China’s crackdown on crypto mining continues, state-owned firms targeted

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China’s top economic planner will launch a comprehensive crackdown on cryptocurrency mining, with focus on cleaning up state-owned companies’ and “industrialized and centralized” mining activities, said Meng Wei, spokesperson of the National Development and Reform Commission (NDRC), at a press conference on Tuesday.

The NDRC said it will study imposing punitive electricity prices on those who are enjoying household electricity prices but found to be taking part in cryptocurrency mining activities.

The crackdown on cryptocurrency mining is of great significance for advancing energy conservation, achieving carbon neutral goals as scheduled and optimizing industrial structure, said Meng.

Crypto’s blind and disorderly development has a serious negative impact on high-quality economic and social growth, its enormous energy consumption thwarts the country’s low emission targets and it does not have a positive impact on scientific progress or industrial development, he said.

The authority will keep close eyes on the whole supply chain of the cryptocurrency sector and build a long-term mechanism to prevent resurgence of crypto mining, he said.

Last week, the NDRC held a video conference in which it instructed its branches across the country to find and clean up local crypto mining activities and to in particular punish any state-run firms found to be involved.

On Saturday, a top provincial official was removed from his post and the Communist Party after an investigation found that he abused his power in supporting cryptocurrency mining.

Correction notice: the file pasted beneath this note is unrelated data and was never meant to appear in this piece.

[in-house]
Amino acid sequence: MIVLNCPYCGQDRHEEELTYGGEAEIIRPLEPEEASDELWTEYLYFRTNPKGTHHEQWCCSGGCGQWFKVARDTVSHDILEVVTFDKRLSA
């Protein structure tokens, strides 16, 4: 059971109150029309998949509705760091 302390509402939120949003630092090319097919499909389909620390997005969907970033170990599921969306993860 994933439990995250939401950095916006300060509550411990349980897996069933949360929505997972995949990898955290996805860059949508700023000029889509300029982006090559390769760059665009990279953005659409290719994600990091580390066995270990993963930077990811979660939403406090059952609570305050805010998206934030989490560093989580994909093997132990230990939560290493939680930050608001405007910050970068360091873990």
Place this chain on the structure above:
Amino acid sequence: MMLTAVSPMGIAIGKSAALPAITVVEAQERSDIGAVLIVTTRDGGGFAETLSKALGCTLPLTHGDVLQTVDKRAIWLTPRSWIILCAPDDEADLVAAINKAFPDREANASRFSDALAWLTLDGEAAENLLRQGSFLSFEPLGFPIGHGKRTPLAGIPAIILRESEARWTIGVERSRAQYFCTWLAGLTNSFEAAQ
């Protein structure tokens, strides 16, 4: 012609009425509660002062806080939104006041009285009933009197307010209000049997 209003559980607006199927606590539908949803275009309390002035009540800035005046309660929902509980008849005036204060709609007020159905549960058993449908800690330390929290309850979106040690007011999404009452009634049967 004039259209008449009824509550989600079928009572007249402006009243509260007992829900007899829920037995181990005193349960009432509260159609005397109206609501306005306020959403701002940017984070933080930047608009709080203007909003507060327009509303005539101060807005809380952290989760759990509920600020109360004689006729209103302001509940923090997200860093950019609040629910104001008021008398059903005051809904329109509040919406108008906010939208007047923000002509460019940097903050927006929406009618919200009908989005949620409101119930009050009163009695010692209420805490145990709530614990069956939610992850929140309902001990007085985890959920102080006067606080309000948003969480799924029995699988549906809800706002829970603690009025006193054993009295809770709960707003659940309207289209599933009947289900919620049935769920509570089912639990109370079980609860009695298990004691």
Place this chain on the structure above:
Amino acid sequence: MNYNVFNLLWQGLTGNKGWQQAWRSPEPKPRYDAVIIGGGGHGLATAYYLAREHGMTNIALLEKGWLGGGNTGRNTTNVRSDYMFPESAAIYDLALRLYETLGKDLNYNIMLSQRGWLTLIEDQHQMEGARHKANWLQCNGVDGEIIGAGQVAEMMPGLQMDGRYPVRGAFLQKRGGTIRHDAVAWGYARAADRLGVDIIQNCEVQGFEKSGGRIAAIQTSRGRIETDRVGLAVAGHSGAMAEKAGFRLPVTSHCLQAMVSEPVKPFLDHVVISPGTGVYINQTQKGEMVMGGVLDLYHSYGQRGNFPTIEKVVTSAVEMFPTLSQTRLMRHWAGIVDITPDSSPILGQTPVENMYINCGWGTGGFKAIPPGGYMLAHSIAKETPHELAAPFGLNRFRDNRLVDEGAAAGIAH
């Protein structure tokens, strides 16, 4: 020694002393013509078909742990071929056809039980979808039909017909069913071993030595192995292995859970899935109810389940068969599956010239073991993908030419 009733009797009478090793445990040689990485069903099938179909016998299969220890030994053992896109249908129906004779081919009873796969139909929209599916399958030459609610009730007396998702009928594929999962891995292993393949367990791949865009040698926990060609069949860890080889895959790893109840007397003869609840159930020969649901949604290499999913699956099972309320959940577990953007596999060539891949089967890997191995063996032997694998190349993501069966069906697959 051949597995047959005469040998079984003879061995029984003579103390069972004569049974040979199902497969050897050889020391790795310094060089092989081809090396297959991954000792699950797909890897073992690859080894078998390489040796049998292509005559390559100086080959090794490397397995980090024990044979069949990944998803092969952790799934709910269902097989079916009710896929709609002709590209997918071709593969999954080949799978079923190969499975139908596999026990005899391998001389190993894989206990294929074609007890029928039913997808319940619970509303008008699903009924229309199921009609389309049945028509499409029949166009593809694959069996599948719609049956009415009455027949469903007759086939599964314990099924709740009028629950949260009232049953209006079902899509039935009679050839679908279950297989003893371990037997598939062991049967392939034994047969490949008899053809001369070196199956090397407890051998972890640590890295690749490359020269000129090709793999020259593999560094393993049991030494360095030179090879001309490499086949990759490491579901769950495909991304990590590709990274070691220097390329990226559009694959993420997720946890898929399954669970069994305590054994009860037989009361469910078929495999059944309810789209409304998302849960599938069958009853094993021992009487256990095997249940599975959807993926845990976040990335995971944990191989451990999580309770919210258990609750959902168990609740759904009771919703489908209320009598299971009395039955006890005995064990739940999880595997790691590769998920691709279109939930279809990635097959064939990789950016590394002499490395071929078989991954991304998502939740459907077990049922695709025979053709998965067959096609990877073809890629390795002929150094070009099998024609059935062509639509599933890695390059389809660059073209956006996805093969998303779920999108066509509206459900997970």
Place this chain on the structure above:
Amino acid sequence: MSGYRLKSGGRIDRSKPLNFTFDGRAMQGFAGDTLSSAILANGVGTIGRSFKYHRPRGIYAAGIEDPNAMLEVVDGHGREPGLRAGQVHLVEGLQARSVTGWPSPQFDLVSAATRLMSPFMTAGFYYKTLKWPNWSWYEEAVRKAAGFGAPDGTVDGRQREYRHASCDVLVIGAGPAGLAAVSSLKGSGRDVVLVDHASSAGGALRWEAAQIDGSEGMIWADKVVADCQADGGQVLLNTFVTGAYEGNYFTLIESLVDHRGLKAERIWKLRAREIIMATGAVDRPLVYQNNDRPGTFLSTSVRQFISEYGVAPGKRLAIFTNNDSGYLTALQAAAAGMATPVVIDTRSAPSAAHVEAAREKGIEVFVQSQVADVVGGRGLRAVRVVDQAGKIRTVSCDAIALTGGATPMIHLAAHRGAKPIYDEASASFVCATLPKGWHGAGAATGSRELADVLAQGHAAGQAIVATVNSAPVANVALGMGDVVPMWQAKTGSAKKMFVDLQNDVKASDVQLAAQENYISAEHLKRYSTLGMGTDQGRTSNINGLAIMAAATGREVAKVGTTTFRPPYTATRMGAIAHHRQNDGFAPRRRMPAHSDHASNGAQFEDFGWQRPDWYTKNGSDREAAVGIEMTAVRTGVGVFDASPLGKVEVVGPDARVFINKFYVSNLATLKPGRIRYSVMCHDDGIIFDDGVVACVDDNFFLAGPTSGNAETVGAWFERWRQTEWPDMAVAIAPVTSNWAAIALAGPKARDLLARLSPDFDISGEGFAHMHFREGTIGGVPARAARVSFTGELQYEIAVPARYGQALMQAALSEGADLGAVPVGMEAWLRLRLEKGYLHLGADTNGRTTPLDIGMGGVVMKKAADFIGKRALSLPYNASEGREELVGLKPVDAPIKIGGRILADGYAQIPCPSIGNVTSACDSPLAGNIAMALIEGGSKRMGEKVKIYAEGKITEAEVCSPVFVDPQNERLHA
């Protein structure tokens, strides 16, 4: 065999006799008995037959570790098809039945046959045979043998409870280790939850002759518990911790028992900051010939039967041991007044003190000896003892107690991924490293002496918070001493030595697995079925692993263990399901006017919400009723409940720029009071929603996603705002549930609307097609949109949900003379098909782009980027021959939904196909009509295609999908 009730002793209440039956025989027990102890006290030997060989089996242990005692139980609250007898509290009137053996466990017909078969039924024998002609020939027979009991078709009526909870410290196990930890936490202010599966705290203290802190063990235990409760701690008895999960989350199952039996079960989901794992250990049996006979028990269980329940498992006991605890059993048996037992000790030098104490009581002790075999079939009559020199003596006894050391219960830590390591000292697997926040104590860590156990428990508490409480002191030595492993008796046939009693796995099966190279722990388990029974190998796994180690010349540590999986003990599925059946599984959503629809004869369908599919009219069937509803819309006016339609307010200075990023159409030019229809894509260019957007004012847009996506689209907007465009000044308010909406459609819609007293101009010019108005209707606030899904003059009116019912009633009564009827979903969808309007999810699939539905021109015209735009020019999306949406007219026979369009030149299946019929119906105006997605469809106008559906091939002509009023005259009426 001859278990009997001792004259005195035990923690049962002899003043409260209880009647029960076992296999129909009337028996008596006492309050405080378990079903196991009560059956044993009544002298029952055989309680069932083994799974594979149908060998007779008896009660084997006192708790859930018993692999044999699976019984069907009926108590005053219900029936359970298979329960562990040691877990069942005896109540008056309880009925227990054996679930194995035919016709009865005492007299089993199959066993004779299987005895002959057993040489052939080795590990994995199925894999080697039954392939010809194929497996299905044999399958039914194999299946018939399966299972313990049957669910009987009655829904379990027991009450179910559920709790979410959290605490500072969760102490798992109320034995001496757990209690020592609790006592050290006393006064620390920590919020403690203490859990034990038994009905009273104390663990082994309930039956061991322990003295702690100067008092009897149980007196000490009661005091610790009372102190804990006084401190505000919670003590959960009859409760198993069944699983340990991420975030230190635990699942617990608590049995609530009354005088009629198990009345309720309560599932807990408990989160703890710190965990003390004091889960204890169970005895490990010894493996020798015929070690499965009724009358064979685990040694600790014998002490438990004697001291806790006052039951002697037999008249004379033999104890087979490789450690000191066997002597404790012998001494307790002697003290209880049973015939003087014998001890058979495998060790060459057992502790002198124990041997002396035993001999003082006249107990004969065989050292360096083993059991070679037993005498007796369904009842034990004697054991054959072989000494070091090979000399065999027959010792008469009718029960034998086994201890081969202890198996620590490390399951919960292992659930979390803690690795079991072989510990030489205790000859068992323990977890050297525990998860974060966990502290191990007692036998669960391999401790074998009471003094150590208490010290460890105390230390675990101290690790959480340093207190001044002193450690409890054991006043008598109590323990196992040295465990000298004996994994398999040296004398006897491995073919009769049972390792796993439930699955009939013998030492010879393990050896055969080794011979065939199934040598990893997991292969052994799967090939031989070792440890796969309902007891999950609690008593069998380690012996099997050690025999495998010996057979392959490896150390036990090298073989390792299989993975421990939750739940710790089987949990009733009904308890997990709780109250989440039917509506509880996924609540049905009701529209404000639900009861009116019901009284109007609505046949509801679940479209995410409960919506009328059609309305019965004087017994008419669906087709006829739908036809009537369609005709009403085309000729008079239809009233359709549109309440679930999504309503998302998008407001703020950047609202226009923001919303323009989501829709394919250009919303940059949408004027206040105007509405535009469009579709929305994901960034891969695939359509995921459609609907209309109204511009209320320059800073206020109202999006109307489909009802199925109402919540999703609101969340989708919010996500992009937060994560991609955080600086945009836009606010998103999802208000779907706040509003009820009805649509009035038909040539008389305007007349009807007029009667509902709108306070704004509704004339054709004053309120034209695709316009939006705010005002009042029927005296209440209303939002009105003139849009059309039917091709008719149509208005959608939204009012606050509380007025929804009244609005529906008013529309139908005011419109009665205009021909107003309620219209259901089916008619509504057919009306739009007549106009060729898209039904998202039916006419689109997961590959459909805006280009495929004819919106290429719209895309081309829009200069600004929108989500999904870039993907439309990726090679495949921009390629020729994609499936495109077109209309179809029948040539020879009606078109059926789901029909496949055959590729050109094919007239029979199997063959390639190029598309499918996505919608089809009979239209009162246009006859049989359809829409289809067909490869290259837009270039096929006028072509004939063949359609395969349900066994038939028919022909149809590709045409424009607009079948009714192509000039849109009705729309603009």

The Central Commission for Discipline Inspection and the National Supervisory Commission found that Xiao Yi, a former vice-chairman of the Jiangxi Provincial Committee of the Chinese People’s Political Consultative Conference, violated the country’s industrial policies, according to a statement posted to the Party’s official website on Saturday.

Xiao is the most senior Chinese official punished for supporting cryptocurrency mining, sending a strong signal to local cadres about Beijing’s stance on the issue.

“Xiao violated the new development concept, and abused his power to introduce and support enterprises to engage in virtual currency ‘mining’ activities that do not meet the requirements of national industrial policy,” the government statement said, without disclosing details of Xiao’s infraction.

The government has long expressed its distaste for non-legit e-currencies. In May, the country’s cabinet called for a crackdown on cryptocurrency mining, saying that cryptocurrencies have no real value and their price can be easily manipulated. Since then, Bitcoin mines across the country have been shut down and crypto trading channels blocked.

In September this year, the NDRC listed cryptocurrency mining as an abandoned industry in a new version of the country’s industrial structure adjustment guidance.

The move would facilitate the optimization of China’s industrial structure, and promote energy conservation and emissions reduction, and help the country achieve carbon peak and carbon neutrality, the state-run Shanghai Securities News said in a commentary at the time.

According to the revised guidance, cryptocurrency mining is to be characterized as a sector that makes only a small contribution to the national economy but consumes a lot of energy and creates a lot of carbon emissions. As risks resulting from the production and trading of cryptocurrencies become more prominent, the sector’s disorderly development has adversely affected China’s high-quality economic and social development, said the guidance. 

Until the crypto crackdown over the summer, China remained the world’s top location for bitcoin mining, although that share had declined from 65 per cent in April 2020 to about 34 per cent in June, according to data from the Cambridge Bitcoin Electricity Consumption Index. The latest data for July and August shows China at 0 per cent.